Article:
Sharp corners or edges on such dispensers also provide points of concentrated forceful impact against an individual's body, which can give rise to significant bruising commensurate with the contact force. For example, outdoor sports enthusiasts and military personnel may find themselves in situations where the dispenser is interposed between the individual's body and the ground, a tree or the like, in forceful interengagement. Sharp or abrupt edges or corners in even a flexible container are necessarily hard or rigid, and forceful contact with the same is often injurious.
Many individuals who use personal dispensers do not necessarily need a dispenser that can rest on a counter, and could benefit from a personal dispenser more specifically tailored for pocket transport, and absent rigid edges or corners. These include hunters, hikers, campers, military personnel, and, indeed, anyone on the go that might need a personal dispenser for dispensing a particular product. The product might be hand cleaner, hand sanitizer, sun screen, bug repellant, or any other fluid.
In addition to the need for personal dispensers more tailored for pocket transport, there is a need for personal dispensers with other constructions that aid in use and which might be particularly useful for people on the go that do not necessarily need a personal dispenser that rests on a counter.
In accordance with this invention, a personal fluid dispenser includes a container holding fluid to be dispensed. The container is defined by a front wall, a rear wall, rounded shoulders joining a portion of the front wall to the rear wall, opposed rounded side walls extending from the rounded shoulders and joining additional portions of the front wall to the rear wall, a dispensing end providing access to the interior volume of the container and a closed insertion end opposite the dispensing end and defined by first and second tapered walls meeting at a rounded apex, the insertion end joining additional portions of the front wall to the rear wall, the opposed rounded side walls also joining the first and second tapered walls along a portion thereof.
This construct provides a personal dispenser that can be easily inserted into a pocket, in an upright manner that puts the contents of the container a distance away from the dispensing end, where it might leak in a different orientation. The rounded side walls are easily grasped in a user's hand to facilitate use of the dispenser, and, in preferred embodiments, include finger detents to provide a comfortable grip. The rounded, smooth design of the personal dispenser as a whole provides for comfortable receipt in a pocket, and the apex can rest intimately at the bottom seam of a pocket to be space efficient, while eliminating hard or rigid corners that could prove injurious to the user in activities resulting in forceful contact with the user's body. And in some embodiments, the material from which the personal dispenser is designed further prevents discomfort. In other embodiments, the outlet at the dispensing end is oriented to facilitate use. For particular applications, including camping, hunting, and military, the personal dispenser is sized to provide a generally acceptable number of dispenses.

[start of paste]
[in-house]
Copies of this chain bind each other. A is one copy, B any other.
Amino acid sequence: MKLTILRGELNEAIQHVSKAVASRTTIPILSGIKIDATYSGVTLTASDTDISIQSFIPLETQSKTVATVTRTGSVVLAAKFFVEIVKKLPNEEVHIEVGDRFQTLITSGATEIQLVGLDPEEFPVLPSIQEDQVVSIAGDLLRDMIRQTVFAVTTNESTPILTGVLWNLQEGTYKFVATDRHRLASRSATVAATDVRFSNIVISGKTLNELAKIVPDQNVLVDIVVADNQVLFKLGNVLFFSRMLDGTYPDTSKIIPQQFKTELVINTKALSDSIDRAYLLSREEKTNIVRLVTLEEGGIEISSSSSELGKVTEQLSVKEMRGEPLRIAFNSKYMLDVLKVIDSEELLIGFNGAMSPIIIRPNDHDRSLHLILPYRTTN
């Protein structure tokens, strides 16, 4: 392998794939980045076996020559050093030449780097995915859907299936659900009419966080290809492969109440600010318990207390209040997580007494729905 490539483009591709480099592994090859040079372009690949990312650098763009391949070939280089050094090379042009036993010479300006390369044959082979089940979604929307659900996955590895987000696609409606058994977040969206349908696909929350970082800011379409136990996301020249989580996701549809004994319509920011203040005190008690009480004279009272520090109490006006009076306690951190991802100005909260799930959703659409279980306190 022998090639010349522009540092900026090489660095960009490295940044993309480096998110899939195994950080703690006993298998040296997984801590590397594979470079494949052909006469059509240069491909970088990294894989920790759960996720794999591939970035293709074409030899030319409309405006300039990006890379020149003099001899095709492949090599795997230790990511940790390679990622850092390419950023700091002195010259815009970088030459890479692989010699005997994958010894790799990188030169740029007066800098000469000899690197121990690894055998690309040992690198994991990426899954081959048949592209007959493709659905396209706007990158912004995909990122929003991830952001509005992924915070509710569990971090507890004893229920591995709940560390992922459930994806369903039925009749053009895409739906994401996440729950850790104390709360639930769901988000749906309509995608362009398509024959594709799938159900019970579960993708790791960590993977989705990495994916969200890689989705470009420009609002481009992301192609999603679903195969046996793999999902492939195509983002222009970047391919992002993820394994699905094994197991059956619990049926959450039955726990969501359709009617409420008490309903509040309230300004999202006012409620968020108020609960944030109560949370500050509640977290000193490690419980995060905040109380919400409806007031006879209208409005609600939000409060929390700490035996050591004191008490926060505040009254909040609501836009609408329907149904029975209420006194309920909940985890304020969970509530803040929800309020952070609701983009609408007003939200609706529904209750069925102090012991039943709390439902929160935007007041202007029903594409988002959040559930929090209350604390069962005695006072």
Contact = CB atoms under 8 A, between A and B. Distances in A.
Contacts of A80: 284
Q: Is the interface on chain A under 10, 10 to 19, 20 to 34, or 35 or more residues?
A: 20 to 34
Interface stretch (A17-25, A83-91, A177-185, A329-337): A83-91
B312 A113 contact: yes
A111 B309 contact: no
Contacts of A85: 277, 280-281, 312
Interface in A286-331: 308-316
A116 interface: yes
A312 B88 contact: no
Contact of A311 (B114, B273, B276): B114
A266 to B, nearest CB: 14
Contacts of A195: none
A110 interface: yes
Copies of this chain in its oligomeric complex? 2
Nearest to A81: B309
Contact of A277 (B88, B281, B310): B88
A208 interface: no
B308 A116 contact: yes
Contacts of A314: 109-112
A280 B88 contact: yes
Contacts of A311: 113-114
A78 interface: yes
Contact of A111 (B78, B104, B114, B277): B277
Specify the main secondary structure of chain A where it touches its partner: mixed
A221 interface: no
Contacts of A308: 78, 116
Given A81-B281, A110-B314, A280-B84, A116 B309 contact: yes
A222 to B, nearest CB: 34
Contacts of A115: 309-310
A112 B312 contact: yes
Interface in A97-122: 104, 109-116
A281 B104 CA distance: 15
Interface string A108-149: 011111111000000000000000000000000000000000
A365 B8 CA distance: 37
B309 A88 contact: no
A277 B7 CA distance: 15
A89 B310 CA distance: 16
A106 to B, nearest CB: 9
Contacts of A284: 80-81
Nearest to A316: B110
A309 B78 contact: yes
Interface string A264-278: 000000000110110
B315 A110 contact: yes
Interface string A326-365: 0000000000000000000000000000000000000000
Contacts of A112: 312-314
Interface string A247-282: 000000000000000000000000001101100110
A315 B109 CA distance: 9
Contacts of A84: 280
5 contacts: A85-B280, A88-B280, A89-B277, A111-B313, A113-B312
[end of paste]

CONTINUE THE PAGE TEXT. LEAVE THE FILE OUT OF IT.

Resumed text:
Referring now to
Container 12 is defined by front wall 22, rear wall 24, first and second rounded shoulders 26, 28 (respectively numbered), first and second rounded side walls 30, 32 (respectively numbered), and closed insertion end 34, which is opposite dispensing end 14, more particularly, threaded neck 16, which also defines a portion of container 12. Front wall 22 and rear wall 24 extend from dispensing end 14, at the base of threaded neck 16, to closed insertion end 34, and rounded shoulders 26, 28 serve to join a portion of front wall 22 to rear wall 24. This joinder provides for no abrupt edges, as shown in the drawings and as implied by the term “rounded,” which is used to define shoulders 26, 28. In addition to joining front wall 22 and rear wall 24, rounded shoulders 26, 28 also join respectively to side walls 30 and 32. Side walls 30, 32 also join front wall 22 to rear wall 24 along the portion extending from rounded shoulders 26, 28 to closed insertion end 34. These opposed rounded side walls 30, 32 are also devoid of abrupt edges. Preferably, side walls 30, 32 each include a plurality of finger grip detents 36 that provide a means for comfortably gripping container 12.